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Thursday, 10 November 1983
Page: 2642

Mr BRAITHWAITE(9.55) —Over the last six months I have travelled rather extensively through the Northern Territory as part of my responsibilities as shadow Minister for northern development and local government. What has appalled me in these visits is the cavalier attitude being taken by this Labor Government towards the Northern Territory in its breaking of promise after promise and the negativism of its elected representative, the honourable member for the Northern Territory (Mr Reeves), who has become purely an apologist for the Labor Government in Canberra. All I can say is thank goodness for Senator Bernie Kilgariff who, being a member of the other place, is able to give voice to the real concerns of the Northern Territory in Canberra because they are not being properly expressed by its member in the House.

The reference in the mini-Budget by the Treasurer (Mr Keating) that the Northern Territory was generously treated properly reflects Labor's whole attitude to the Northern Territory. Firstly, I refer to the infamous decision to torpedo the Darwin-Alice Springs railway. An undertaking by the Fraser Government and a promise by the Labor Party was that the Commonwealth would contribute to the whole of the costs, as it did towards the South Australian section of the line. What happened to that is now history. It was replaced by a promise to spend $5m on a review which will specifically not take into account the defence advantages of that railway link. The Labor Government reasons that when the report is available it will take into account the defence factors. Let us look at Labor's record on this aspect of defence. It has scrapped the aircraft carrier HMAS Melbourne, phased out the fixed-wing aircraft, taxed the reserve forces pay, reduced the defence personnel and scrapped the army cadets and the North Queensland Military Band.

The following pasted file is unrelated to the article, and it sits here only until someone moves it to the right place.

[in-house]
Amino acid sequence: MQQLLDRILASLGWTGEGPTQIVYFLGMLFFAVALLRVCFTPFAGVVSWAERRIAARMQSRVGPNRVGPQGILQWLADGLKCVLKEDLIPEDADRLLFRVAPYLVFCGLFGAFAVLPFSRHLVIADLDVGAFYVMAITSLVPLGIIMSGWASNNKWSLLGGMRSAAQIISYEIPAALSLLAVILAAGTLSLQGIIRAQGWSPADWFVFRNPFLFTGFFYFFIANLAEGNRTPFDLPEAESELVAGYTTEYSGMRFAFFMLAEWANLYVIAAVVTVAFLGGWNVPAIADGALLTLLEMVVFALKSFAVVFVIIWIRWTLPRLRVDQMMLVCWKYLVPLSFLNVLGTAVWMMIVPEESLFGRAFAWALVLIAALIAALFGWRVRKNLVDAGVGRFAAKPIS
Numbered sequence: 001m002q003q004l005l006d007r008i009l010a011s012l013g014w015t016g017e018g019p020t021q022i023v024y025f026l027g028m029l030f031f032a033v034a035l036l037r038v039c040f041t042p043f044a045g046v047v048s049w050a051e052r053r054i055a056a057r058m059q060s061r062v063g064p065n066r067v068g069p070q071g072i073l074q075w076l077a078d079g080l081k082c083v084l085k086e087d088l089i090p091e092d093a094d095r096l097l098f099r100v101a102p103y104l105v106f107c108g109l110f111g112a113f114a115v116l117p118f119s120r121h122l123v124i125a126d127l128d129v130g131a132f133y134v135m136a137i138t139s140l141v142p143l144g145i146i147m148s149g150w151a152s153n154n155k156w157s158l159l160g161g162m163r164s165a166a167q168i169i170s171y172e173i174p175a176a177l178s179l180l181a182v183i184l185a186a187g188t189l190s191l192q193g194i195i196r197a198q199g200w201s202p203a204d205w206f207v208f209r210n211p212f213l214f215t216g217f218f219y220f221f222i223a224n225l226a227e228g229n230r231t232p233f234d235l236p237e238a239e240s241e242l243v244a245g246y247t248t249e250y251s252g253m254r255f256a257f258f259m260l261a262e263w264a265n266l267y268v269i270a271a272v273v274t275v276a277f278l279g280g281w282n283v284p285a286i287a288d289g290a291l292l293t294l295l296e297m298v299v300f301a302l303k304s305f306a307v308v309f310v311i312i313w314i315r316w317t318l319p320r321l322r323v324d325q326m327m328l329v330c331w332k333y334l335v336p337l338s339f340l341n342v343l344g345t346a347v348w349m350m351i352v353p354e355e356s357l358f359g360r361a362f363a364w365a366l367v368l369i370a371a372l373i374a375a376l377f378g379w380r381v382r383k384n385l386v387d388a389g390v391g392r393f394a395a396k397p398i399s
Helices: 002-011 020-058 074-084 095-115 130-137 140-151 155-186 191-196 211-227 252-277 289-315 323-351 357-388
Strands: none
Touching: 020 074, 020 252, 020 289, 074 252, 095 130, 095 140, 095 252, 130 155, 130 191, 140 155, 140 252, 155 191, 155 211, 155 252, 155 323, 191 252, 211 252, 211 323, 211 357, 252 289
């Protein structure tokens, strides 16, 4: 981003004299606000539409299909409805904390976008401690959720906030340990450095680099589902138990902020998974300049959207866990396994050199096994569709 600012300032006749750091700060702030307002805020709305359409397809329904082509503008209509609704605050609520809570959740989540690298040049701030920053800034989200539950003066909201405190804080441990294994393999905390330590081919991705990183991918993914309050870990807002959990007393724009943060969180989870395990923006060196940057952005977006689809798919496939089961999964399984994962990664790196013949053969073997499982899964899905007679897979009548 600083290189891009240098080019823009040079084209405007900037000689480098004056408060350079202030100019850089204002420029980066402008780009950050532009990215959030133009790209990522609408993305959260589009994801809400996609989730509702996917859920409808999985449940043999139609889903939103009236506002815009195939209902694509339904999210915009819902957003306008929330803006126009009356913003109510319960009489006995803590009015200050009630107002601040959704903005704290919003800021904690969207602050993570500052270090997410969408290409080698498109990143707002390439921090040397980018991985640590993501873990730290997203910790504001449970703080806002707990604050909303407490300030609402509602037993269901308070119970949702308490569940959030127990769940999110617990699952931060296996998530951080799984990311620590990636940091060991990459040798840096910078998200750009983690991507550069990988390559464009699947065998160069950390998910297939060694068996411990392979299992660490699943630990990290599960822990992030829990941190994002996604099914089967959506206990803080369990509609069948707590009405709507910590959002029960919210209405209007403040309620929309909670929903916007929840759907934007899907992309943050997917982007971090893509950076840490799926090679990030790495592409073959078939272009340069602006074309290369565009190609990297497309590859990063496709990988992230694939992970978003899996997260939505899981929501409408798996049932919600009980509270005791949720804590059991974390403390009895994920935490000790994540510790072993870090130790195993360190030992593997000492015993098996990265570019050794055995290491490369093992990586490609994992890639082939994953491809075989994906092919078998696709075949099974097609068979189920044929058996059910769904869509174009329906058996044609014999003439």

What hope is there for any sympathy for Labor towards Northern Territory defence? Absolutely none. As far as I am concerned, the $5m is only window dressing. The uranium decision last Monday was purely a political decision and not one based on a principle or a policy. The decision means that uranium mining at Jabiluka and Koongarra mines and those in South Australia and Queensland, apart from those specifically excluded, is now completely stymied. Even though there is fairly common agreement among leaders of the Aboriginal Land Councils in favour of uranium mining, Labor has stopped Northern Territory production of uranium in midstream. It is a decision aimed directly at disadvantaging every Northern Territorian, the same result that eventuated from the scrapping of the Alice Springs-Darwin railway line.